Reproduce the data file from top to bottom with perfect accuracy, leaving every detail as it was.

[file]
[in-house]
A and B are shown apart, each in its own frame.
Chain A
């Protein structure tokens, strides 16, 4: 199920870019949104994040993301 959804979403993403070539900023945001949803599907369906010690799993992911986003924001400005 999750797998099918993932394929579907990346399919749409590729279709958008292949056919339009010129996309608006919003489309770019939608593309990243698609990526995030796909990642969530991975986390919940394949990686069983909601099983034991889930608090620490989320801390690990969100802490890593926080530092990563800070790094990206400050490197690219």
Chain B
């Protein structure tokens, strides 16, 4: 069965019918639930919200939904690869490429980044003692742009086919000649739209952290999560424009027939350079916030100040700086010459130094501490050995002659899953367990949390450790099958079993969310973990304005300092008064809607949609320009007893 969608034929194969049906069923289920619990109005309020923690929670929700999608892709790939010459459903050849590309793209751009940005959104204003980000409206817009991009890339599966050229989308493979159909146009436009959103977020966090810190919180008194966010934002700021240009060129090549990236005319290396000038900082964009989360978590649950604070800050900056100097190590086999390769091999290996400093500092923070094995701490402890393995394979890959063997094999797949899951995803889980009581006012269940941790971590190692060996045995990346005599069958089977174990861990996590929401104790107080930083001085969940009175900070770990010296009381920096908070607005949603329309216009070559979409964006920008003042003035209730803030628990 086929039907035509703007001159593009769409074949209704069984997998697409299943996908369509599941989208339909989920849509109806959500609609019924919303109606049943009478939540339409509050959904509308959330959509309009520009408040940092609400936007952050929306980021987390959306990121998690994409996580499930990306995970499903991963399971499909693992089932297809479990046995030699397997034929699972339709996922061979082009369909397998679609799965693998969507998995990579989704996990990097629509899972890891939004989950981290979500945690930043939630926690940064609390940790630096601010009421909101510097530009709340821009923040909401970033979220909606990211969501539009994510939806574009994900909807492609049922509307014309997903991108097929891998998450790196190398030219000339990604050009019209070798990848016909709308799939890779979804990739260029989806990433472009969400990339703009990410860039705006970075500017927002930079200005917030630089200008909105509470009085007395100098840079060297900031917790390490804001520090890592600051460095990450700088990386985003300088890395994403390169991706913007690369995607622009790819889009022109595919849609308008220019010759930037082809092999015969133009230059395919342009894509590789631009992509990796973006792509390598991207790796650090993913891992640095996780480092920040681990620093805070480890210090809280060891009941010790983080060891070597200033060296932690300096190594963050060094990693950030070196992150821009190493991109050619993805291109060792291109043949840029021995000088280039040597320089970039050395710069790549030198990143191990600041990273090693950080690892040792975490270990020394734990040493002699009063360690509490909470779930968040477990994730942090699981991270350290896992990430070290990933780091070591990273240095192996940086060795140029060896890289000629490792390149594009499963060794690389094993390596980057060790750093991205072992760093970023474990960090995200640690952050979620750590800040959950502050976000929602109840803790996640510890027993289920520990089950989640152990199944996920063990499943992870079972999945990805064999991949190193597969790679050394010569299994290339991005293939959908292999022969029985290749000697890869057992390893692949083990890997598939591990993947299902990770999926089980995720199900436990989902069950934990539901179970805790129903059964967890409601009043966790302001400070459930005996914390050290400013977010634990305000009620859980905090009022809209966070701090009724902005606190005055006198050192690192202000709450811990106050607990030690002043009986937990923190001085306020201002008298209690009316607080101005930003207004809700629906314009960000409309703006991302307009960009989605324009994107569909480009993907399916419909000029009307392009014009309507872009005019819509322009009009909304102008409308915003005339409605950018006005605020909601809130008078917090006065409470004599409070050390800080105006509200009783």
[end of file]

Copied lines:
[in-house]
A and B are shown apart, each in its own frame.
Chain A
């Protein structure tokens, strides 16, 4: 199920870019949104994040993301 959804979403993403070539900023945001949803599907369906010690799993992911986003924001400005 999750797998099918993932394929579907990346399919749409590729279709958008292949056919339009010129996309608006919003489309770019939608593309990243698609990526995030796909990642969530991975986390919940394949990686069983909601099983034991889930608090620490989320801390690990969100802490890593926080530092990563800070790094990206400050490197690219």
Chain B
């Protein structure tokens, strides 16, 4: 069965019918639930919200939904690869490429980044003692742009086919000649739209952290999560424009027939350079916030100040700086010459130094501490050995002659899953367990949390450790099958079993969310973990304005300092008064809607949609320009007893 969608034929194969049906069923289920619990109005309020923690929670929700999608892709790939010459459903050849590309793209751009940005959104204003980000409206817009991009890339599966050229989308493979159909146009436009959103977020966090810190919180008194966010934002700021240009060129090549990236005319290396000038900082964009989360978590649950604070800050900056100097190590086999390769091999290996400093500092923070094995701490402890393995394979890959063997094999797949899951995803889980009581006012269940941790971590190692060996045995990346005599069958089977174990861990996590929401104790107080930083001085969940009175900070770990010296009381920096908070607005949603329309216009070559979409964006920008003042003035209730803030628990 086929039907035509703007001159593009769409074949209704069984997998697409299943996908369509599941989208339909989920849509109806959500609609019924919303109606049943009478939540339409509050959904509308959330959509309009520009408040940092609400936007952050929306980021987390959306990121998690994409996580499930990306995970499903991963399971499909693992089932297809479990046995030699397997034929699972339709996922061979082009369909397998679609799965693998969507998995990579989704996990990097629509899972890891939004989950981290979500945690930043939630926690940064609390940790630096601010009421909101510097530009709340821009923040909401970033979220909606990211969501539009994510939806574009994900909807492609049922509307014309997903991108097929891998998450790196190398030219000339990604050009019209070798990848016909709308799939890779979804990739260029989806990433472009969400990339703009990410860039705006970075500017927002930079200005917030630089200008909105509470009085007395100098840079060297900031917790390490804001520090890592600051460095990450700088990386985003300088890395994403390169991706913007690369995607622009790819889009022109595919849609308008220019010759930037082809092999015969133009230059395919342009894509590789631009992509990796973006792509390598991207790796650090993913891992640095996780480092920040681990620093805070480890210090809280060891009941010790983080060891070597200033060296932690300096190594963050060094990693950030070196992150821009190493991109050619993805291109060792291109043949840029021995000088280039040597320089970039050395710069790549030198990143191990600041990273090693950080690892040792975490270990020394734990040493002699009063360690509490909470779930968040477990994730942090699981991270350290896992990430070290990933780091070591990273240095192996940086060795140029060896890289000629490792390149594009499963060794690389094993390596980057060790750093991205072992760093970023474990960090995200640690952050979620750590800040959950502050976000929602109840803790996640510890027993289920520990089950989640152990199944996920063990499943992870079972999945990805064999991949190193597969790679050394010569299994290339991005293939959908292999022969029985290749000697890869057992390893692949083990890997598939591990993947299902990770999926089980995720199900436990989902069950934990539901179970805790129903059964967890409601009043966790302001400070459930005996914390050290400013977010634990305000009620859980905090009022809209966070701090009724902005606190005055006198050192690192202000709450811990106050607990030690002043009986937990923190001085306020201002008298209690009316607080101005930003207004809700629906314009960000409309703006991302307009960009989605324009994107569909480009993907399916419909000029009307392009014009309507872009005019819509322009009009909304102008409308915003005339409605950018006005605020909601809130008078917090006065409470004599409070050390800080105006509200009783």